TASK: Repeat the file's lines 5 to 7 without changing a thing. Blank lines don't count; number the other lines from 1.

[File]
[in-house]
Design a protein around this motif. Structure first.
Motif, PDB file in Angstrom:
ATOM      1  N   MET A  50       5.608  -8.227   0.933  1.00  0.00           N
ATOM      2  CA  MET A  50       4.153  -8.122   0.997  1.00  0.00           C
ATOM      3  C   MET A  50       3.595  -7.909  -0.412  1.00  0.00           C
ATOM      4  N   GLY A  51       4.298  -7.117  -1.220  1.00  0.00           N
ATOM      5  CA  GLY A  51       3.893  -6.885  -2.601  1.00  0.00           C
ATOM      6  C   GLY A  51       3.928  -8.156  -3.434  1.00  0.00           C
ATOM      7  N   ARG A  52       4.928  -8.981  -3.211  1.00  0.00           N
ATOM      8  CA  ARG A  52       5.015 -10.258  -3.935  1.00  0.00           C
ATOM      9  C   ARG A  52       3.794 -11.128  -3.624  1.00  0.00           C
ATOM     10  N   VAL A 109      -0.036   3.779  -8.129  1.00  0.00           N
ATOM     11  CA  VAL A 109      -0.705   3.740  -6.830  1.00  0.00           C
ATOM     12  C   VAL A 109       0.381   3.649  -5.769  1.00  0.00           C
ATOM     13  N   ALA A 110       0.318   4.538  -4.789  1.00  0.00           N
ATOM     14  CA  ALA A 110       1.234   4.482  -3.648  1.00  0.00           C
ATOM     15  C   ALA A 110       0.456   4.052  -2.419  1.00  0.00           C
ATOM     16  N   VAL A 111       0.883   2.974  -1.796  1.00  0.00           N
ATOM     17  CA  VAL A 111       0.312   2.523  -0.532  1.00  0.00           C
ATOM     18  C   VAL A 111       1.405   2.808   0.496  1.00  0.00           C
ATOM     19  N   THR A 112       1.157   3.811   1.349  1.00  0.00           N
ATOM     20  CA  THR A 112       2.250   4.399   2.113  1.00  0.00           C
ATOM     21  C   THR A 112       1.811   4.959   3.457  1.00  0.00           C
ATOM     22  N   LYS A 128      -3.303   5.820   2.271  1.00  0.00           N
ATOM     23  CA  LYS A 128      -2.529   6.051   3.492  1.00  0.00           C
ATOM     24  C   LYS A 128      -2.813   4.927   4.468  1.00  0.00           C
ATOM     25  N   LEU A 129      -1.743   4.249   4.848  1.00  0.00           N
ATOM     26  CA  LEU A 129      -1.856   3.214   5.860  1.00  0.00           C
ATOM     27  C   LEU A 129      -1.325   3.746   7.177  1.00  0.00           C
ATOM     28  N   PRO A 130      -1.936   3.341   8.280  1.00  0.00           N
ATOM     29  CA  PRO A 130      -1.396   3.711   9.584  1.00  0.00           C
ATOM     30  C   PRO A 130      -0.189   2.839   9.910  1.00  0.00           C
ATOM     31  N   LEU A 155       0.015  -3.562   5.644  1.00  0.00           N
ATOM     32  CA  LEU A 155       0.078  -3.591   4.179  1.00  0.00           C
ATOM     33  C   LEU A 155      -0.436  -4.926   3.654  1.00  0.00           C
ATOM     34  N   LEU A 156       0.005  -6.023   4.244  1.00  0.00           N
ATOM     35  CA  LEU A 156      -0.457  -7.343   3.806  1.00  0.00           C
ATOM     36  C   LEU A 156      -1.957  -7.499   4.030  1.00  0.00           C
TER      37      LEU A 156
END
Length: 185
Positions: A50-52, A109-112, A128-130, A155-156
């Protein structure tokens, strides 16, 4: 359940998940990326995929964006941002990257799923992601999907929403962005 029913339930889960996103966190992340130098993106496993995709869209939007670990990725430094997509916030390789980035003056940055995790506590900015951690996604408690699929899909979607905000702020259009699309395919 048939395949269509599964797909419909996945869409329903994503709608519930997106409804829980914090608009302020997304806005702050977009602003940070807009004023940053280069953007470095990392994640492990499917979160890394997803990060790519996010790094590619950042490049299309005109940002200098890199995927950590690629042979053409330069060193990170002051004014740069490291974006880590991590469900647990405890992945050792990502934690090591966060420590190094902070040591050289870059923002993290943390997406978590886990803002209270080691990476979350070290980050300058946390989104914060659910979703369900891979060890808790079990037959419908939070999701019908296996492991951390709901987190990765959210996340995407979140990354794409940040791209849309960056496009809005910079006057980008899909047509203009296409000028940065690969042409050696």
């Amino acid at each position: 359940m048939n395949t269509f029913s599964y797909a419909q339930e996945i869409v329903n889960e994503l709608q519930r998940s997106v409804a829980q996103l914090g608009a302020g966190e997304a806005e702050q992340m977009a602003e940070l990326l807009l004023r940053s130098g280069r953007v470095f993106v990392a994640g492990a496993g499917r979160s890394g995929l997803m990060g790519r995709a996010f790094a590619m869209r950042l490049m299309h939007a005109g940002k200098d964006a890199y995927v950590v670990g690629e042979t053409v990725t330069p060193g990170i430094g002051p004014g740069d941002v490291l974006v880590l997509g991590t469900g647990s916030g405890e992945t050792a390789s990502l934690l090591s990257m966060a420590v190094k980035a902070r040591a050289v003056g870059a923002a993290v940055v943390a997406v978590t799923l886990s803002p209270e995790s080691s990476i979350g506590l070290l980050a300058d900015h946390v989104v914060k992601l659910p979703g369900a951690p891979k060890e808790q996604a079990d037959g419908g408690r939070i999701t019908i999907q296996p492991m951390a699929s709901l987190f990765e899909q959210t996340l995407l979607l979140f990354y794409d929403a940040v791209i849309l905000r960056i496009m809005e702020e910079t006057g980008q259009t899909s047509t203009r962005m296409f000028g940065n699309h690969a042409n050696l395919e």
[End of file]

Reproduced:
ATOM      2  CA  MET A  50       4.153  -8.122   0.997  1.00  0.00           C
ATOM      3  C   MET A  50       3.595  -7.909  -0.412  1.00  0.00           C
ATOM      4  N   GLY A  51       4.298  -7.117  -1.220  1.00  0.00           N